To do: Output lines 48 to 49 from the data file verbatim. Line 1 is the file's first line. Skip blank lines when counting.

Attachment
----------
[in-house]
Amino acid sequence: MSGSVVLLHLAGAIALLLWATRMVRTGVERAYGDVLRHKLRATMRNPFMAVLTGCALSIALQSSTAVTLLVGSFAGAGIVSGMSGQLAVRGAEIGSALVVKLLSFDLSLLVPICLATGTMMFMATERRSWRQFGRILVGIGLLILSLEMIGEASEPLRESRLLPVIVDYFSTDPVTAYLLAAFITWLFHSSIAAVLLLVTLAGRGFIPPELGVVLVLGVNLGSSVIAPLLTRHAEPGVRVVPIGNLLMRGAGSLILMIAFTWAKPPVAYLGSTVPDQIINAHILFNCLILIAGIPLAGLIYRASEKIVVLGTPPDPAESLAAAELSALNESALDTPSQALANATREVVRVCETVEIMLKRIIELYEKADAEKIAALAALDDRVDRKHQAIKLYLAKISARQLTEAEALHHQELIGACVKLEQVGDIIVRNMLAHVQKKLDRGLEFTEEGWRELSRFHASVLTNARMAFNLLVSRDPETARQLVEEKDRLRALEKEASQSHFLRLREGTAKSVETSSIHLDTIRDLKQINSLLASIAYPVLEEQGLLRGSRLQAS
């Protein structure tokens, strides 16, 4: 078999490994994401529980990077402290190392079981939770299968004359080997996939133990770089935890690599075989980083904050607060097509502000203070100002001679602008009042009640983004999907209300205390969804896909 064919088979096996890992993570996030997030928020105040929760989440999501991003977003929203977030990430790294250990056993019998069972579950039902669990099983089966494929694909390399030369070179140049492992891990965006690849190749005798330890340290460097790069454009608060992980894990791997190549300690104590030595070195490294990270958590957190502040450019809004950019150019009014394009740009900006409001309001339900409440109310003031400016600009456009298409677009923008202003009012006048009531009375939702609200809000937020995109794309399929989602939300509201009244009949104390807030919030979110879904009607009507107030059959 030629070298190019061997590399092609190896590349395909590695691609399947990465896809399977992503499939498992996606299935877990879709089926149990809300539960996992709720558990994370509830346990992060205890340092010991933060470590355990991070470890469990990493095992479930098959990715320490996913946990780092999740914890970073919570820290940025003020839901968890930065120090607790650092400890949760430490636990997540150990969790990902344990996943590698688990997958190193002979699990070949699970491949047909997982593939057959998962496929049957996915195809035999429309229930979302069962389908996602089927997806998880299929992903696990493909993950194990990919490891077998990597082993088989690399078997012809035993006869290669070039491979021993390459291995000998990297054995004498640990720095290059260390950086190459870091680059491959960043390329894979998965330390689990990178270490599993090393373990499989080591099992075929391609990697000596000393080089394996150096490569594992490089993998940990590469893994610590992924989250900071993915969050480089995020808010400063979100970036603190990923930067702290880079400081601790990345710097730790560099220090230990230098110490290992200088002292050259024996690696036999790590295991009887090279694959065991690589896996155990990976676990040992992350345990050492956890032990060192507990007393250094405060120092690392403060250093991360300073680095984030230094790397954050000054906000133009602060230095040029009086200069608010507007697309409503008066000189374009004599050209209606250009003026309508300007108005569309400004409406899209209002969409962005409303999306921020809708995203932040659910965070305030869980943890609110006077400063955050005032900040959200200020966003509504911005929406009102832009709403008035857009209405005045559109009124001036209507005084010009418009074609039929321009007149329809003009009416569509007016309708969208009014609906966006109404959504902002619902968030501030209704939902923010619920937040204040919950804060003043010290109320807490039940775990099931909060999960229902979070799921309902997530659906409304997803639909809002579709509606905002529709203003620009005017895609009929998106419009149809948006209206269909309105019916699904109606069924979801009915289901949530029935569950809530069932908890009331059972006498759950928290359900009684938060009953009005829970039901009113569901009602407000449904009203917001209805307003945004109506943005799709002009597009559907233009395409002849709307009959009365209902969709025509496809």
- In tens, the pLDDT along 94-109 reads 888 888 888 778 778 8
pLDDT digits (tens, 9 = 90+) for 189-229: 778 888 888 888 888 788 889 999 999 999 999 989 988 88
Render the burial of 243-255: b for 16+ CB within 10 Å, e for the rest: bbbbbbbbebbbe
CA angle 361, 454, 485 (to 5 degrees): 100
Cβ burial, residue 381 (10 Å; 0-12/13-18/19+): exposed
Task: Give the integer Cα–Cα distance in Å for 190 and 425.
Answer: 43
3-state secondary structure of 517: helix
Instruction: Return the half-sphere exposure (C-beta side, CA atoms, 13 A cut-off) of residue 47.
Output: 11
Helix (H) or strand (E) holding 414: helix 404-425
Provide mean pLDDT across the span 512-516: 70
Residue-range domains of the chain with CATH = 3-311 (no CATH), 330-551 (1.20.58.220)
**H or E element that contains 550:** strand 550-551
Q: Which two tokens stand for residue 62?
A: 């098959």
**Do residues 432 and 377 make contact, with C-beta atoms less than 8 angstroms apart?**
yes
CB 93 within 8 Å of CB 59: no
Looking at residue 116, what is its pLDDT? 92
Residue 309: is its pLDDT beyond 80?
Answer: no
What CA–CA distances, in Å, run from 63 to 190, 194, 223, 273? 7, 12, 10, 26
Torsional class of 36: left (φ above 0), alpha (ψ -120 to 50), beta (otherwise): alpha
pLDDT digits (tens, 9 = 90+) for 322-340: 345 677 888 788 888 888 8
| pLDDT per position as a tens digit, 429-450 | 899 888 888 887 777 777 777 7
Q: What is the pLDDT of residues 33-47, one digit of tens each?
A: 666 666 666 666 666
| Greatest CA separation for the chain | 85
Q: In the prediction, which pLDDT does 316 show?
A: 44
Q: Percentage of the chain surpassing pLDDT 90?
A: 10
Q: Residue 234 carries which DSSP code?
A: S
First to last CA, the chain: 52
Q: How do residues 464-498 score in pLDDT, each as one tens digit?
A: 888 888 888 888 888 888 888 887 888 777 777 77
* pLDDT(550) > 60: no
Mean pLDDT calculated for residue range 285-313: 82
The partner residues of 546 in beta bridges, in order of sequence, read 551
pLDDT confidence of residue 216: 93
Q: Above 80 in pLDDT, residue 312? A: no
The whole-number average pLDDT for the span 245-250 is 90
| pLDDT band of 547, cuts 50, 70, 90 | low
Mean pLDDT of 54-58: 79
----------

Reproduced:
| pLDDT band of 547, cuts 50, 70, 90 | low
Mean pLDDT of 54-58: 79